Making Memories with Chef Eric Klein
by Susan Montgomery
When I sailed last fall on a Holland America cruise aboard the Maasdam from Boston to Montreal, I knew it would be a special culinary experience because I was traveling with a group of food and travel writers, but I was in for some wonderful surprises I had not anticipated and will always remember.
The highlight of this “Conference at Sea” for members of the International Food Wine and Travel Writers Association was the participation of Eric Klein, celebrated Executive Chef and Associate Partner from Wolfgang Puck’s Spago Las Vegas, one of this famous culinary destination’s most successful and renowned restaurants. Chef Klein was accompanied by his personable wife, Tori Klein, a talented marketing professional.
Chef Klein is charismatic, knowledgeable and committed to creating unique and delicious dishes using fresh ingredients. It is understandable why under his leadership Spago Las Vegas has earned a well-deserved reputation for creative, gourmet cuisine.
When we awoke the first morning of the cruise, we found ourselves close to the shores of the quaint coastal town of Bar Harbor, Maine. A group of us traveled to the shore on an early tender and headed for Eden Farmer’s Market, which was full to the brim of enticing, just-harvested produce. Our goal was to accompany Chef Klein as he shopped for our lunch, along with Chef Matt McPherson from the Looking Glass Restaurant at the Blue Nose Inn.
The plan was that later in the morning the chefs would prepare dishes with their farmer’s market bounty while collaborating on a gourmet five-course lunch that would be served to our group of food writers at the restaurant. This was a wonderful opportunity all the way around. Young Chef McPherson would be working with a top celebrity chef. Chef Klein would embrace the creative challenge of cooking with fresh newfound ingredients in an unfamiliar kitchen. And we, the lucky guests, would savor a unique farm-to-table meal prepared from ingredients we had helped choose. This would be a special, once-in-a-lifetime experience for all involved.
We enjoyed walking around the small, friendly farmer’s market with the two chefs as they contemplated their lunch plans and chose from among the vibrantly colored vegetables, breads, cheeses and seafood so beautifully displayed. But we had to move quickly since the chefs had an elaborate lunch to prepare. Chef Klein’s wife, Tori, kept us on schedule.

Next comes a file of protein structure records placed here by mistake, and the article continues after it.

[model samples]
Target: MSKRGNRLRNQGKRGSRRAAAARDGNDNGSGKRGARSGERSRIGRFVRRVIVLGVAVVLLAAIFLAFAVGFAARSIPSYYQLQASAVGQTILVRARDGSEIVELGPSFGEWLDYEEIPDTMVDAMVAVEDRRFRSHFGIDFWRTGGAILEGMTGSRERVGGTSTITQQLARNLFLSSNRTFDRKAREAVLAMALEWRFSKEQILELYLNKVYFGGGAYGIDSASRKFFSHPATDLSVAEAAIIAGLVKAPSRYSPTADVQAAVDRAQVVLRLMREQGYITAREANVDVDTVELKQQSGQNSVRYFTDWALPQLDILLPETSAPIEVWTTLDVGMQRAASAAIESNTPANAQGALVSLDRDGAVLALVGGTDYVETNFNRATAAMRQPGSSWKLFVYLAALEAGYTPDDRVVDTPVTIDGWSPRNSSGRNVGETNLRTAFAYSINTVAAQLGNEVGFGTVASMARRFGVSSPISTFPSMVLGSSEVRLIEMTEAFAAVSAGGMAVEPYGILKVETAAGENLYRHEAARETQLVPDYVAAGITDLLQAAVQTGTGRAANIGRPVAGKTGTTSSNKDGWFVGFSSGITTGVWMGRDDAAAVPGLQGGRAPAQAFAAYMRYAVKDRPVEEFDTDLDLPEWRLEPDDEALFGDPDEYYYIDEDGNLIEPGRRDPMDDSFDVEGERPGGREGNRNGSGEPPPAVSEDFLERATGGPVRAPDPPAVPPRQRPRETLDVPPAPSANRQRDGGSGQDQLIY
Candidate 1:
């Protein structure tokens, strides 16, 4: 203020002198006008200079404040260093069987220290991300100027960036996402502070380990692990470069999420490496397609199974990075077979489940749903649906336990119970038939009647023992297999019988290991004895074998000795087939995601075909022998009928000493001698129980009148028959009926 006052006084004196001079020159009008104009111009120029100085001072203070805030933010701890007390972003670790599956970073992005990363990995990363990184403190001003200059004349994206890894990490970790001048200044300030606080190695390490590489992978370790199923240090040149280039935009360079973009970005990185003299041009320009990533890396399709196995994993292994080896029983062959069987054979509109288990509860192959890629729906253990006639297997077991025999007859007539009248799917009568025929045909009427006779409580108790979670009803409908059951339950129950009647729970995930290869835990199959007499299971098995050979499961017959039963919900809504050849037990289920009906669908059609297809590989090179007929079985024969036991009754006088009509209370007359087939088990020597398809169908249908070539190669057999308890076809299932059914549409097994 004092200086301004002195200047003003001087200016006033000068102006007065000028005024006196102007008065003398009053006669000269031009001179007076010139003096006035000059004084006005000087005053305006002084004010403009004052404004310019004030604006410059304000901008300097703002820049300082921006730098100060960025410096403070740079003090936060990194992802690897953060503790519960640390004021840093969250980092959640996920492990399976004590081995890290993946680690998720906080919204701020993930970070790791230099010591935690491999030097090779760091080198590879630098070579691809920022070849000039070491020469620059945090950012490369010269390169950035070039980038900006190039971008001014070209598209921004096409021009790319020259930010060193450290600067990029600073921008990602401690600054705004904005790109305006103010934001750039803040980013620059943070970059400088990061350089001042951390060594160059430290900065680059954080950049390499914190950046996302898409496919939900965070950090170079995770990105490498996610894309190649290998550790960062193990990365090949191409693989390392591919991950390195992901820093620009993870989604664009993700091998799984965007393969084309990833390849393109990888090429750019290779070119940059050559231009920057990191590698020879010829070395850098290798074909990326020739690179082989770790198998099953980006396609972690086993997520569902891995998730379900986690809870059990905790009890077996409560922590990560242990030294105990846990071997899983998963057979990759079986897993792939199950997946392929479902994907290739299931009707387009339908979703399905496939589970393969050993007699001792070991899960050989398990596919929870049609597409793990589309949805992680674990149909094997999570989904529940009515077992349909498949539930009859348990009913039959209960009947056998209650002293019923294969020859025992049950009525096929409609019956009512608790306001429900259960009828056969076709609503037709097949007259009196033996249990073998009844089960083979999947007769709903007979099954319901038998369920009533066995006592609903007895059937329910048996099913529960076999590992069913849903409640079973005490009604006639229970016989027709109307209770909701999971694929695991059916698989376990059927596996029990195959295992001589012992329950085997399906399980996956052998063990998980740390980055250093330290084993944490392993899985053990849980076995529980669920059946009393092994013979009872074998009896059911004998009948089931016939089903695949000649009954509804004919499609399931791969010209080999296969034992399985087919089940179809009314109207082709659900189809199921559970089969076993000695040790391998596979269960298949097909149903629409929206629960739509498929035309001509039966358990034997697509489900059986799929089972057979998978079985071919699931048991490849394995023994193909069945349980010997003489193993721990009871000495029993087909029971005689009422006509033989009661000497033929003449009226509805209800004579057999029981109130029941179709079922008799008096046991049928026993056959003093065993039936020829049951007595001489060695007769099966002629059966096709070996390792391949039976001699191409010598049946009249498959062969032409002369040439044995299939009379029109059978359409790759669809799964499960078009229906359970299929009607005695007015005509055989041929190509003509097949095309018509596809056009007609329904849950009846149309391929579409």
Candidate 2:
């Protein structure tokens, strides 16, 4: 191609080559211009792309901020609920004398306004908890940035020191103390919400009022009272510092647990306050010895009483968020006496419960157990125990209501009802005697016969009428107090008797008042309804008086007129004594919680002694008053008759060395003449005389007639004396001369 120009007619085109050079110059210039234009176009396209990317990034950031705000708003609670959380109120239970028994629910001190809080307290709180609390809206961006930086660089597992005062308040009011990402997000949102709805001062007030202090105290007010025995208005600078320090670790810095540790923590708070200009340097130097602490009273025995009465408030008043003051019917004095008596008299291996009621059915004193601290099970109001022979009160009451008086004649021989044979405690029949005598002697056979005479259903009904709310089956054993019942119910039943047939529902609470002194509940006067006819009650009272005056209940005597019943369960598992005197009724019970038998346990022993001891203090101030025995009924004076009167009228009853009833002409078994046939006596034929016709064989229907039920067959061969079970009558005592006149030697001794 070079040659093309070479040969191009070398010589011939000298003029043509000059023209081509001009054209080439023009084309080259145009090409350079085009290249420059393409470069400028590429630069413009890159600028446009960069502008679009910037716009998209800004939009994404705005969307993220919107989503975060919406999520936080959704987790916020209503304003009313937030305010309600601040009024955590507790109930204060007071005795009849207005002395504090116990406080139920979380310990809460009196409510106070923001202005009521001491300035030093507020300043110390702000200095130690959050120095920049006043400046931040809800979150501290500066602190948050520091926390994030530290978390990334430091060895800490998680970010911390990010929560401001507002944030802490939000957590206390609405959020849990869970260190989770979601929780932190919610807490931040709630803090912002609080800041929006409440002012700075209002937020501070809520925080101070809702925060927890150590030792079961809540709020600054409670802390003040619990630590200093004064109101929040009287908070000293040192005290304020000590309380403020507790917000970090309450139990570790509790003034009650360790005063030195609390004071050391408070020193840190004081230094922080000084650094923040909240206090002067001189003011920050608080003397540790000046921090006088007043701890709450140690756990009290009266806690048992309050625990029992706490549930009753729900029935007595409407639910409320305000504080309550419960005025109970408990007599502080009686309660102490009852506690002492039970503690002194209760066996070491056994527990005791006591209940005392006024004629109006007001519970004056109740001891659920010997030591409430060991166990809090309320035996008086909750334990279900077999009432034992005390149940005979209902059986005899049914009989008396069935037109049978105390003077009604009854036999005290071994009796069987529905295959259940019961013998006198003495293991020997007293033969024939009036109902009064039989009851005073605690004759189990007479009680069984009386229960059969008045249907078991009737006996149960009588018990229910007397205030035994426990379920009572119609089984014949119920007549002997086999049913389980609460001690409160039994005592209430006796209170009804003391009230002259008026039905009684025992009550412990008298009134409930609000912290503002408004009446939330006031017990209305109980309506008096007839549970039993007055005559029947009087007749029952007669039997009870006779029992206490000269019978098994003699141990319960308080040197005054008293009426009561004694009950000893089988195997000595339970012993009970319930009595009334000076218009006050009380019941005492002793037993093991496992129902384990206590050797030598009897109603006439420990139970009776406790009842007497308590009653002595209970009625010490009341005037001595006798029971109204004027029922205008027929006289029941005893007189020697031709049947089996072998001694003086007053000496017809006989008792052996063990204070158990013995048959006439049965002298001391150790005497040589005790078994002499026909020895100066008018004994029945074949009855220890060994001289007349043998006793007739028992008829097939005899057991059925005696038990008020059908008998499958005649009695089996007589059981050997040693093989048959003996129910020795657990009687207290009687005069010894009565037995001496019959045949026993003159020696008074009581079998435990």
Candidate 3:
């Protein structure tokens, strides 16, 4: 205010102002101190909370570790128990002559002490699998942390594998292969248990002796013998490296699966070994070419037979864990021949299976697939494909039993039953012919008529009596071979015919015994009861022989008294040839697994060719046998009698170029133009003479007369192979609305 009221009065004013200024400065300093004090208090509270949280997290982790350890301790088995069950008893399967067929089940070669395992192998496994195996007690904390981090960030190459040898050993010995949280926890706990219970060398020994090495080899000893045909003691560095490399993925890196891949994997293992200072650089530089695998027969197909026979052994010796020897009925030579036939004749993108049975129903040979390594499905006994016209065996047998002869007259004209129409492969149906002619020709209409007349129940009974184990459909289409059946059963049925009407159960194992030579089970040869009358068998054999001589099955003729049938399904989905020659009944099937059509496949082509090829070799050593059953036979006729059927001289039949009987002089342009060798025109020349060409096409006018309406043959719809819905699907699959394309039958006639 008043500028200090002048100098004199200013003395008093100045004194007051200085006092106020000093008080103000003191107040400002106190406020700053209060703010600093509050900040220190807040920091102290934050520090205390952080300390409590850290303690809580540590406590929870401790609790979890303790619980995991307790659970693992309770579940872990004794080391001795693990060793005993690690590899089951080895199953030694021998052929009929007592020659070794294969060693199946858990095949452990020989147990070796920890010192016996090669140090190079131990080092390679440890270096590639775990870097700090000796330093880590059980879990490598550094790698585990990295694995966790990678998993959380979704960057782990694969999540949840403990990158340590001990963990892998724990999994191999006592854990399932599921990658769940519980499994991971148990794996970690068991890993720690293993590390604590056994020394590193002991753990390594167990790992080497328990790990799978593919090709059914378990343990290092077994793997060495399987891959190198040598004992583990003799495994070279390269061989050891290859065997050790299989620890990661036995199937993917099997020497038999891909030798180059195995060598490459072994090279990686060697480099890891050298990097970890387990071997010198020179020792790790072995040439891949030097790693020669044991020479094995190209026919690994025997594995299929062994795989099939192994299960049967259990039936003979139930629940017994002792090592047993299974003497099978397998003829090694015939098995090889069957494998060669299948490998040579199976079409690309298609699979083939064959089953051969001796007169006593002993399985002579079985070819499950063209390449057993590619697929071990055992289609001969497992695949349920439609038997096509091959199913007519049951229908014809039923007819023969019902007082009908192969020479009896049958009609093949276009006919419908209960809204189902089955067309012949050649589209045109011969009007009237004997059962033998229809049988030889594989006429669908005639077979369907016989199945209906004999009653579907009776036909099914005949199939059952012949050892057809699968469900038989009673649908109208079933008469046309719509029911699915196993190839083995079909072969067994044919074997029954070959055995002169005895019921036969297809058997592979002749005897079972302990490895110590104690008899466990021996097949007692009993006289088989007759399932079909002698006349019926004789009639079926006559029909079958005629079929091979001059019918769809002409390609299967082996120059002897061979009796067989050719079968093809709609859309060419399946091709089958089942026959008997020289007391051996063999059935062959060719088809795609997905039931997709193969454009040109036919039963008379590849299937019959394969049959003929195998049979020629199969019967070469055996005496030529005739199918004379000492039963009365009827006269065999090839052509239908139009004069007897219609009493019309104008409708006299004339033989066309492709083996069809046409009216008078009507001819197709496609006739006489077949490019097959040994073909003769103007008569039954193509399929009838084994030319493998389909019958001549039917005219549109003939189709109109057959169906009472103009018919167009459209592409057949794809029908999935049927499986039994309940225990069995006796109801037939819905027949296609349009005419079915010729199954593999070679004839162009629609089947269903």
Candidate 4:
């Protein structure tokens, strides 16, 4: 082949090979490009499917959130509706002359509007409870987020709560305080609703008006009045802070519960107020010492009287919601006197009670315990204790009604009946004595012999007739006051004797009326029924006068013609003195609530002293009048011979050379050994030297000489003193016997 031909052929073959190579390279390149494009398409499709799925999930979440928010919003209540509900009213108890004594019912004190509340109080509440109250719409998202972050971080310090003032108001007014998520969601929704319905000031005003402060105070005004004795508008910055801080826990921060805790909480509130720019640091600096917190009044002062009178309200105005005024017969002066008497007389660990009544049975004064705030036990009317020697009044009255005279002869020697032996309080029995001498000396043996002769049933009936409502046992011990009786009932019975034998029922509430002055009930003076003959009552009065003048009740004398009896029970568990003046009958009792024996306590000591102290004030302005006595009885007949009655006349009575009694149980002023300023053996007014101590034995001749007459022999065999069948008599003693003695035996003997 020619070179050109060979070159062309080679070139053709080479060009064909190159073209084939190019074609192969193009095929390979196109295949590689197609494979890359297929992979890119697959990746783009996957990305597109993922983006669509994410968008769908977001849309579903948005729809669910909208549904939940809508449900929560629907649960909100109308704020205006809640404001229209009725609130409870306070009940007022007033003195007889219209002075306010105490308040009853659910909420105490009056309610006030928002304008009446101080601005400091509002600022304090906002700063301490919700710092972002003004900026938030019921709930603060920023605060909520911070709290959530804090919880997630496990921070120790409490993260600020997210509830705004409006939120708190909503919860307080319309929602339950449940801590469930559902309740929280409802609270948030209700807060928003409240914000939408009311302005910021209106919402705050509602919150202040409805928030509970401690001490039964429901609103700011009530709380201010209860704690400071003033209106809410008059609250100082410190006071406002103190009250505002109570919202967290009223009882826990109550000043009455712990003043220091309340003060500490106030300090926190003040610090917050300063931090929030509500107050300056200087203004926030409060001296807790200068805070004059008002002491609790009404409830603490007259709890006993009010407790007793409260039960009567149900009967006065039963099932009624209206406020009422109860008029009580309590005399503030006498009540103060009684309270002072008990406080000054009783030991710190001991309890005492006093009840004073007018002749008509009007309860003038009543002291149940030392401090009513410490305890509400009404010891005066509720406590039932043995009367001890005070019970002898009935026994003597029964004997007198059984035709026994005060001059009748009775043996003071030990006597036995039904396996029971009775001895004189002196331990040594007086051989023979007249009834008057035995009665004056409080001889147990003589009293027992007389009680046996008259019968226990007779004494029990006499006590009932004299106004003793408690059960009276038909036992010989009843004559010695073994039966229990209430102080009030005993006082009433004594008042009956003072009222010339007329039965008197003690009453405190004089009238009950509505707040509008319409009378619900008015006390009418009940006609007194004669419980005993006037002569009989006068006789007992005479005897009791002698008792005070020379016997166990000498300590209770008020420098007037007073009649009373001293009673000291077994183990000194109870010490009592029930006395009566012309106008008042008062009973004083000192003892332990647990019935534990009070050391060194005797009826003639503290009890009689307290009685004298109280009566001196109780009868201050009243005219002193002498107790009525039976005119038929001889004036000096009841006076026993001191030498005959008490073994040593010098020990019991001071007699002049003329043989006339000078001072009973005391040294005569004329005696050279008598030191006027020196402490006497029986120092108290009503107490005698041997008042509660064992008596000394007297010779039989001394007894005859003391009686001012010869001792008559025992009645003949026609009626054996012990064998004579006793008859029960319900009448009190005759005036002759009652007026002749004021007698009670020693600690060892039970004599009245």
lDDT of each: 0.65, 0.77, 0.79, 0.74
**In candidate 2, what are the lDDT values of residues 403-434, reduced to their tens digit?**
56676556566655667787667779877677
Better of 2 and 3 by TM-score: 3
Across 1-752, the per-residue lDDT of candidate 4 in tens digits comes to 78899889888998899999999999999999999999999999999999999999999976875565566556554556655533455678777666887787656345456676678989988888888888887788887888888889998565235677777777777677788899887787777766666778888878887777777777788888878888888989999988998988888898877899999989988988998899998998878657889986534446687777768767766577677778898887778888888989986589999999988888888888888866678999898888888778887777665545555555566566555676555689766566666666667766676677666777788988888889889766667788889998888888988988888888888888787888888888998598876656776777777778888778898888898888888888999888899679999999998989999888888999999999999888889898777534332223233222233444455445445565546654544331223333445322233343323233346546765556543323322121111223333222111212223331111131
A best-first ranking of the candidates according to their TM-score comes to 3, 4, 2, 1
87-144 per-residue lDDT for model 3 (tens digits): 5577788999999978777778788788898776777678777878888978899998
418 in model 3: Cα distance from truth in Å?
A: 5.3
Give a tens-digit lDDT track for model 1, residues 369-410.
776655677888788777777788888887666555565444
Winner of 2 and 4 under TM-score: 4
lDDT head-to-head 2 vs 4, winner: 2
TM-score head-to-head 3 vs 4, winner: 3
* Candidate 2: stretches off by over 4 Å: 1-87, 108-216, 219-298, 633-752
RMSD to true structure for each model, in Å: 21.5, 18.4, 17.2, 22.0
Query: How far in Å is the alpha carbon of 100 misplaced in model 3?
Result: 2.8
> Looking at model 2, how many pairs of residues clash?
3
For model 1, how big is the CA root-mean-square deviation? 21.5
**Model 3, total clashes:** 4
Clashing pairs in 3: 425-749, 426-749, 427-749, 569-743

After shopping, we headed via bus to the Looking Glass Restaurant, located just a few minutes away on a cliff with breath-taking, panoramic views overlooking Frenchman Bay. We loved seeing our ship moored a few miles out to sea. And we were especially impressed a bit later, when the Maasdam’s captain and his wife joined us for lunch.
At the restaurant we first headed with the chefs to the restaurant’s own garden to choose more vegetables to add to our luncheon ingredients. We admired the burgeoning containers of herbs, including sage, parsley, rosemary, marjoram, basil and mint. We also wandered among the ripe carrots, cucumbers, zucchini and tomatoes. It was an idyllic setting on a lovely Saturday morning on the Maine coast.
Soon the chefs began preparing our extraordinary lunch. As preparations progressed, we sipped delicious Blacksmith’s Sparkling Blueberry Wine (from Maine of course) and snacked on a lovely charcuterie platter with many items right from the farmer’s market.
We were also able to quietly sneak into the kitchen, in small groups, to watch the chefs in action. We saw what makes Chef Klein so respected as he carefully chose ingredients, while discussing flavor combinations and presentation with meticulous attention to detail. We saw Chef McPherson’s passion for learning as he worked with Chef Klein to prepare innovative dishes. Later on our cruise, we would hear a presentation from Chef Klein in which he talked about how creating and serving delicious meals is “making memories.” As I look back on this experience, it is now clear that we were all in the midst of culinary memory-making.